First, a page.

– The Goodgame, GG, closed in 2007, was a company mainly rest on Nicolas « Incolas » Cerrato’s shoulders. He is still in e-sport movement as commentator.
– The ArmaTeam (aT), clan which depended on the playroom Armageddon (which filed for bankruptcy in 2006). The clan was closed one year earlier, in 2005.
– Finally, the only survivor, the clan aAa (Against All Authority) which is also a club and one of e-sport website the most read.
Three clans, three ways of seeing and doing e-sports, as many worlds to explore, remember, understand, to see what is possible. This diversity is less a sign of division than an adaptation to the fluid e-sport movement. Behind the differences between the pros, what gathers, is a particular choice for the most practiced games at the time, such as Counter-Strike and Starcraft. They have the entrepreneurial spirit and the iconic player of the time, ElkY, did not hesitate to come in South Korea to confront the best Starcrafters. What also brings them together is their sporting past. Unlike the other two groups, they are not afraid to specialize to a high-level in their practice. The best French female players known specialization a little bit, but not as pros. From diverse backgrounds, they were all practicing Counter-Strike, the most common game in the e- sport world. Despite this, they were at the margin and learned rather by their close relations (friends, brother, team, etc.) and partially rationalized their workouts. For example, they were spending more time playing « like that », during Free For All (FFA) sessions, than in trainings as the pros do. They held other positions in the network game world, managing server or a mixed team, for example. These additional activities allowed them to win the respect of their male counterparts but handicapping to win against the best of them. And these thoughts also apply to the two best French female champions at the time, Atalante and IvY, which joined Schroet Kommando and had success! Thus, their involvement in various areas prevented them from reaching the highest level. It was not because they were more chatterbox than men or less talented that they do not have the same level! It is simply that they were not investing as much as men in an activity that seemed futile, or rather too adventurous. Moreover, sport, for them, it is « lose weight ». They preferred to stay in the field of play and give way to men who accumulate money and networks, that is to say the power. Female players were used as symbolic values for clans that gathered them in « team girls. » They were sometimes driven by event organizers to set up their team, for the media of course, which will tell one of female champion to stop the teams of girls, in order to don’t be anymore a plaything of another one.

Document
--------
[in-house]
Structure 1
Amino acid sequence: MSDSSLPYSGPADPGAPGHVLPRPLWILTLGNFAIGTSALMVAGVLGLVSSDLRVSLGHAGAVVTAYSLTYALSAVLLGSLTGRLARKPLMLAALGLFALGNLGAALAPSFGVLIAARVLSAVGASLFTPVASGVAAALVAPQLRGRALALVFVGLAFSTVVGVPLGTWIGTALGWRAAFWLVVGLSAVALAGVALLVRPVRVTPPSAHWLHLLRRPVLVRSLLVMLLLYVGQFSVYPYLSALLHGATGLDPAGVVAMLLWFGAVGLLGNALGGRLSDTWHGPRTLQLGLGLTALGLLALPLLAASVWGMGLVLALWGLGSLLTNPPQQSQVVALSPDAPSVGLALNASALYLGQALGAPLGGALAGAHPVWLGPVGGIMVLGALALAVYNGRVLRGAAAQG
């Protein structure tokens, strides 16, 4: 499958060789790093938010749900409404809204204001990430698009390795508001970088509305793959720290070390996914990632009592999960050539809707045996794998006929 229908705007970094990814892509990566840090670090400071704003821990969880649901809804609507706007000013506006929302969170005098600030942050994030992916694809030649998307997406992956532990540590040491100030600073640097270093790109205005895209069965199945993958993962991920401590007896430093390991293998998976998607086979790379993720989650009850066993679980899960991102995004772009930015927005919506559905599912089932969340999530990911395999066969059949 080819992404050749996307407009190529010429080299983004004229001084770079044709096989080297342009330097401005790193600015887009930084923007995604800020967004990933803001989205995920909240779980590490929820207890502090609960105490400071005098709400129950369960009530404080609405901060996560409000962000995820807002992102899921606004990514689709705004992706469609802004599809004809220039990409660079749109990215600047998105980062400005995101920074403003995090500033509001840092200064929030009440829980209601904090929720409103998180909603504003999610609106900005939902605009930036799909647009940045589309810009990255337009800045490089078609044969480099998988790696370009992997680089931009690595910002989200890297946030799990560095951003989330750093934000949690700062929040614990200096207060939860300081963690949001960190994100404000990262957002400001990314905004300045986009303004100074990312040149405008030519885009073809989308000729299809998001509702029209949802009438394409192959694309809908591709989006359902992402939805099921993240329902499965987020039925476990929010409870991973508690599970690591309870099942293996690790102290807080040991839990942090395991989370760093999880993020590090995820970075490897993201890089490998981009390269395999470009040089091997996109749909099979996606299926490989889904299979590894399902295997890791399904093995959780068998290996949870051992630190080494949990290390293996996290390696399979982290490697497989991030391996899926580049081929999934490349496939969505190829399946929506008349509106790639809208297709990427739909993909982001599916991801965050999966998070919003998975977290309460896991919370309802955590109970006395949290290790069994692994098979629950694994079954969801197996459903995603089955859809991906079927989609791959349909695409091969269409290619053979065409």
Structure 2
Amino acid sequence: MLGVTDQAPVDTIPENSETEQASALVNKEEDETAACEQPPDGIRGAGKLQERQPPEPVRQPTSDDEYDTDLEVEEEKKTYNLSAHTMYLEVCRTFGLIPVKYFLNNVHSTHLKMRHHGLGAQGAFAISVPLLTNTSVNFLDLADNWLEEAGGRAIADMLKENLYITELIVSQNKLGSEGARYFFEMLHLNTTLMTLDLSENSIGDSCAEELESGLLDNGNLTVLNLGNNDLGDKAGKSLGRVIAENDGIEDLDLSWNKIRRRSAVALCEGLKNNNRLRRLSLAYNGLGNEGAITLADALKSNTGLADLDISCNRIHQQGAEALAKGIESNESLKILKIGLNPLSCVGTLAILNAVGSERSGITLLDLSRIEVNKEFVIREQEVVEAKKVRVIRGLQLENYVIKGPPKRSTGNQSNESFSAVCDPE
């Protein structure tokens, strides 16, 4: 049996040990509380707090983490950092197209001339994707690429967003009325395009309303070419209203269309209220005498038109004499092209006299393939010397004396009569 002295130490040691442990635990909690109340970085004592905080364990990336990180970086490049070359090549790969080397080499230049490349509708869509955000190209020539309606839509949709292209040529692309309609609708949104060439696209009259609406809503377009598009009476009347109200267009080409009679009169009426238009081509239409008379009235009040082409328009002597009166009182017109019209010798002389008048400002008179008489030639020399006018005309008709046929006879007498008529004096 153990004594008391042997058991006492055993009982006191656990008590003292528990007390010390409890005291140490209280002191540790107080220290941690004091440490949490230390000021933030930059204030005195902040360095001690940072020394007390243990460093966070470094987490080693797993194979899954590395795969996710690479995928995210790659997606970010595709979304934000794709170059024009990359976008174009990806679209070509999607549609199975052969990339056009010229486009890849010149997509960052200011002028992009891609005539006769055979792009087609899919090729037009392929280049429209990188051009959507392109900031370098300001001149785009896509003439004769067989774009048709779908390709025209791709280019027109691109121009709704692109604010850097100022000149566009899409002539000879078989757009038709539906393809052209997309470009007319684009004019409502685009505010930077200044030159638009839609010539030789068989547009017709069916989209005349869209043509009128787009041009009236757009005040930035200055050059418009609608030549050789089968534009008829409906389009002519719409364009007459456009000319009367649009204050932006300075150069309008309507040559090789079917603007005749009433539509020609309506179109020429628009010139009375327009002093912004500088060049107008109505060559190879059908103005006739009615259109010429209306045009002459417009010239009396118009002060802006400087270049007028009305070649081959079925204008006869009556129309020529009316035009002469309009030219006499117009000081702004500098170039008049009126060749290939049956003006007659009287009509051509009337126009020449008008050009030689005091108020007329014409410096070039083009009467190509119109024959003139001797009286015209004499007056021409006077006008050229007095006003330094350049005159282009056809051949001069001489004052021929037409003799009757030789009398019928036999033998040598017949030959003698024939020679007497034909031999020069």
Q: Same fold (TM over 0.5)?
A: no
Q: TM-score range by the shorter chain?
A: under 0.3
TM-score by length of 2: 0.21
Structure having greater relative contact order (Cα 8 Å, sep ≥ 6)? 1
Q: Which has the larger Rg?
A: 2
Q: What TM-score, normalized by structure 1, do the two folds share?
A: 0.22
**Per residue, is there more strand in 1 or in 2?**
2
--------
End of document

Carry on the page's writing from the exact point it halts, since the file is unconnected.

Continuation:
A semantic unification for these worlds!